Q: What does planned giving look like? Are there different options?

A: There are a number of ways to incorporate charitable giving into your estate plan. Doing so not only provides much needed resources to Make-A-Wish Hawaii, but it can also have tax benefits for the donor (both during life and after death).

Those interested in making a planned gift that occurs after their lifetime may name Make-A-Wish Hawaii as a beneficiary in their will or trust by specifying that the charity is to receive a specific dollar amount or a percentage of the trust/estate. They may also designate the organization as a beneficiary of a retirement plan, life insurance policy, or annuity. For individuals with larger estates, more complex planning tools, such charitable remainder trusts may allow the individual to receive income from assets transferred to the trust for a term of years. At the end of that term, the balance remaining will go to Make-A-Wish Hawaii. These advanced planning tools can help to decrease the income, capital gains, or even estate taxes that the donor would otherwise have to pay after death.

Planned giving tools can also be used to make gifts during a person’s lifetime. For instance, if a person must take an annual required minimum distribution (RMD) from an individual retirement account (IRA), then they can gift up to $100,000 per year directly to a qualified charity, such as Make-A-Wish Hawaii, which will satisfy their RMD requirement for the year. This is known as a “qualified charitable distribution” and can help a person reduce income tax liability. Another planned giving tool that allows a person to make an impact now is called a “charitable lead trust.” With this tool, a person transfers assets or cash to a trust that will make payments to Make-A-Wish Hawaii for a period of time. After the term ends, the funds may be returned to the individual or used for beneficiaries with reduced tax liability.

Starting in 2020, taxpayers who do not itemize their deductions were provided an additional deduction. They can claim up to $300 in charitable income tax deductions for cash gifts made to public charities, such as Make-A-Wish Hawaii. This provides some added tax relief for those taxpayers who could not claim charitable deductions after the standard deduction increased in 2017.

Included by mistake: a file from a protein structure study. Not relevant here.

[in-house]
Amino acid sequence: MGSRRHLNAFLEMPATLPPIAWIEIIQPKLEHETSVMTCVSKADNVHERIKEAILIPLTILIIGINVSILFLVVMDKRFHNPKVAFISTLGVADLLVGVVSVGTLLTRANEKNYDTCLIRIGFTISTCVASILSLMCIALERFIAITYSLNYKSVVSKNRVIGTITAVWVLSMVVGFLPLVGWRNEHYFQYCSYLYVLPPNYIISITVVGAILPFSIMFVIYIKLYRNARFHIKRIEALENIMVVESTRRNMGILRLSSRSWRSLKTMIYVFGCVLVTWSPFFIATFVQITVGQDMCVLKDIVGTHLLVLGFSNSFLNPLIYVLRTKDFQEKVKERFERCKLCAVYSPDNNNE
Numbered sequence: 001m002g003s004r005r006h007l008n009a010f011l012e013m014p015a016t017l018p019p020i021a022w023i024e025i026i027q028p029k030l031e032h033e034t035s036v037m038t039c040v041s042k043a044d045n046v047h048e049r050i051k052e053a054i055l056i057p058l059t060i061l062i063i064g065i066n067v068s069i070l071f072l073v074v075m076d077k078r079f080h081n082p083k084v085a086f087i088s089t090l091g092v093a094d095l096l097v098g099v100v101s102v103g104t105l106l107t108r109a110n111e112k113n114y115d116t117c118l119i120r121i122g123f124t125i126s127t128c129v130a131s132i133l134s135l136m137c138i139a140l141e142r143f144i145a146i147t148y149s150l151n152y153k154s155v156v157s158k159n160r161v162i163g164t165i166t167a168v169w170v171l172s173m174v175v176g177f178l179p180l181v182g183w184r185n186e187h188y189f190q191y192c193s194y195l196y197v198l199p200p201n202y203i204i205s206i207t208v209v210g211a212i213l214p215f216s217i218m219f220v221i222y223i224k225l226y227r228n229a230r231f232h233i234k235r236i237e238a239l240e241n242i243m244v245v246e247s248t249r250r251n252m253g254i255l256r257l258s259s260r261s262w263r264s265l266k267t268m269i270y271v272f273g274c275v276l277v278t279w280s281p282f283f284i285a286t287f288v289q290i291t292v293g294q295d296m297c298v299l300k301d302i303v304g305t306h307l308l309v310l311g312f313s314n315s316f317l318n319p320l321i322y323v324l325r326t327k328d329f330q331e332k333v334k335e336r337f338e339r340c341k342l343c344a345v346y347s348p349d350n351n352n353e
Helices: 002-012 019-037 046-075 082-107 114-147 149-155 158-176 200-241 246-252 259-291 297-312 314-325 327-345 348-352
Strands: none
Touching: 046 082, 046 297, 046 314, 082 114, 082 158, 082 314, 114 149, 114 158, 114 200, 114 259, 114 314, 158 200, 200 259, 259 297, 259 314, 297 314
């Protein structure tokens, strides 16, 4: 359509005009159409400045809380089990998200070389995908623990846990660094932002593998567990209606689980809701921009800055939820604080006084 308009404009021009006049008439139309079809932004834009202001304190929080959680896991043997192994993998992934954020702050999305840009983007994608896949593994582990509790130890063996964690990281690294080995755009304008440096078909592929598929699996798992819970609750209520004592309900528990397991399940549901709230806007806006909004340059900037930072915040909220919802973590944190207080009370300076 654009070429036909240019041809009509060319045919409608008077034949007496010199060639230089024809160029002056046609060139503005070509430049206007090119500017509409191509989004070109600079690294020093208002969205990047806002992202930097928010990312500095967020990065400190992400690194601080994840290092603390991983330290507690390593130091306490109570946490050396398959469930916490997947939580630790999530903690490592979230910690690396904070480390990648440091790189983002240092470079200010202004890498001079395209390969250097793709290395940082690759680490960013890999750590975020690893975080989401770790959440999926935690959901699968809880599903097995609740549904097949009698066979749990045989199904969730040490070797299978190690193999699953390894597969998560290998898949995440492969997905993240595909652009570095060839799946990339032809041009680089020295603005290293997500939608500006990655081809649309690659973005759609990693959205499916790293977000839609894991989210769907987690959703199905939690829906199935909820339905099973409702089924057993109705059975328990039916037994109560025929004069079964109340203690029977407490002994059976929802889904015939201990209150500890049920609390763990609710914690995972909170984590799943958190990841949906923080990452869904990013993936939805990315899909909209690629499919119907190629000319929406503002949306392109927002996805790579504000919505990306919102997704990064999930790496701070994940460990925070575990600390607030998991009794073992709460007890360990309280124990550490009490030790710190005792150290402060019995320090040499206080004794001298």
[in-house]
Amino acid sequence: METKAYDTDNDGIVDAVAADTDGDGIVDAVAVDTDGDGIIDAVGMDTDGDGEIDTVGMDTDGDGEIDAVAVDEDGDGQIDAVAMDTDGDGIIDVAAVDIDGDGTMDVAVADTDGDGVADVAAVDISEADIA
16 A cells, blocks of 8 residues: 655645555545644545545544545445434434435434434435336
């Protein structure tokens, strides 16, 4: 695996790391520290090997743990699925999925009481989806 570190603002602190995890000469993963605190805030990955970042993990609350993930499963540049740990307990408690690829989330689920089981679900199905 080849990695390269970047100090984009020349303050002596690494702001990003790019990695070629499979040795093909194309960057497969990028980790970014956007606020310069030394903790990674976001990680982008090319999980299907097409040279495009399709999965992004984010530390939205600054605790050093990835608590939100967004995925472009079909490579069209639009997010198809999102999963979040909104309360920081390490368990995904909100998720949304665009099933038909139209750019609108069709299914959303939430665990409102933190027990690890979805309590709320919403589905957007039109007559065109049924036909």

planned giving

Q: Why do you think it’s important for people to give back to the community—whether that’s through volunteer work, small gifts, or large bequests?

A: If there is a non-profit group that supports a cause you feel strongly about, I think it is important to lend whatever support you are able to, whether it is time, donations, or something else. If a person can volunteer their time, they get to experience the impact of their efforts first-hand. If a person is unable to donate their time but has the means to donate cash or other assets, every dollar will help to further Make-A-Wish Hawaii’s mission to grant life-changing wishes for keiki facing critical illnesses.

If you make a donation during your lifetime, you can see the positive impact of your contribution and you can also benefit from tax deductions when you file your income taxes every year.

planned giving

Click here to learn more about planned giving options.


About this Blog

Wish Blog gives you a behind-the-scenes look at the wonderful work happening at Make-A-Wish® Hawaii. See how the wishes of local keiki battling critical illnesses come together and how they change lives forever. Hear directly from those who work or volunteer here, or from those in your neighborhood who have been transformed by a wish in some way. Discover why we are so committed to achieving our vision of granting the wish of every eligible child, every year.

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Make-A-Wish® Hawaii
P.O. Box 1877
Honolulu, HI 96805
(808) 537-3118 x100